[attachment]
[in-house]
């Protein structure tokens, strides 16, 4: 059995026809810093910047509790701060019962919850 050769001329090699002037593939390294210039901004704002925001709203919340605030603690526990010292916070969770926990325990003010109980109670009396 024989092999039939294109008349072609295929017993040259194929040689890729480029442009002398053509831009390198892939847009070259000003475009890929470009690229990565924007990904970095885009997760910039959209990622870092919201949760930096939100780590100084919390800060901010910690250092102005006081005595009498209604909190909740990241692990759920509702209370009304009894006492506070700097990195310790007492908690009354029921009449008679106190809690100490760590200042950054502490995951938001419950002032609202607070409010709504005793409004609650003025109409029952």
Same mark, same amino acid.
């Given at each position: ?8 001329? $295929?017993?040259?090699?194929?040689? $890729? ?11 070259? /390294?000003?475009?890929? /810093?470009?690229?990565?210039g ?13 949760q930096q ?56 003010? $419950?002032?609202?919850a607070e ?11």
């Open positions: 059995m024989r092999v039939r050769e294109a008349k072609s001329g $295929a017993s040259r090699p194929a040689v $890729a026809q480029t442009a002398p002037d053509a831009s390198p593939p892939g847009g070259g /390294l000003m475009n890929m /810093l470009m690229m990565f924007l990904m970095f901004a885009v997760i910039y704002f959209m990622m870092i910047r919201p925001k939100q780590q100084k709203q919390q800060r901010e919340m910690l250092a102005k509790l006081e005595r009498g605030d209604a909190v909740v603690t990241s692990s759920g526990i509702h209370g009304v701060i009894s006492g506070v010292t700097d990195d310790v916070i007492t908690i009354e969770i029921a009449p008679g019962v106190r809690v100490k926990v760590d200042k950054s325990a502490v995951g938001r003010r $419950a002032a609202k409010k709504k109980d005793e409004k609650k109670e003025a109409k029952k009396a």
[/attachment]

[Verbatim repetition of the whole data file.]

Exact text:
[in-house]
């Protein structure tokens, strides 16, 4: 059995026809810093910047509790701060019962919850 050769001329090699002037593939390294210039901004704002925001709203919340605030603690526990010292916070969770926990325990003010109980109670009396 024989092999039939294109008349072609295929017993040259194929040689890729480029442009002398053509831009390198892939847009070259000003475009890929470009690229990565924007990904970095885009997760910039959209990622870092919201949760930096939100780590100084919390800060901010910690250092102005006081005595009498209604909190909740990241692990759920509702209370009304009894006492506070700097990195310790007492908690009354029921009449008679106190809690100490760590200042950054502490995951938001419950002032609202607070409010709504005793409004609650003025109409029952």
Same mark, same amino acid.
């Given at each position: ?8 001329? $295929?017993?040259?090699?194929?040689? $890729? ?11 070259? /390294?000003?475009?890929? /810093?470009?690229?990565?210039g ?13 949760q930096q ?56 003010? $419950?002032?609202?919850a607070e ?11």
């Open positions: 059995m024989r092999v039939r050769e294109a008349k072609s001329g $295929a017993s040259r090699p194929a040689v $890729a026809q480029t442009a002398p002037d053509a831009s390198p593939p892939g847009g070259g /390294l000003m475009n890929m /810093l470009m690229m990565f924007l990904m970095f901004a885009v997760i910039y704002f959209m990622m870092i910047r919201p925001k939100q780590q100084k709203q919390q800060r901010e919340m910690l250092a102005k509790l006081e005595r009498g605030d209604a909190v909740v603690t990241s692990s759920g526990i509702h209370g009304v701060i009894s006492g506070v010292t700097d990195d310790v916070i007492t908690i009354e969770i029921a009449p008679g019962v106190r809690v100490k926990v760590d200042k950054s325990a502490v995951g938001r003010r $419950a002032a609202k409010k709504k109980d005793e409004k609650k109670e003025a109409k029952k009396a």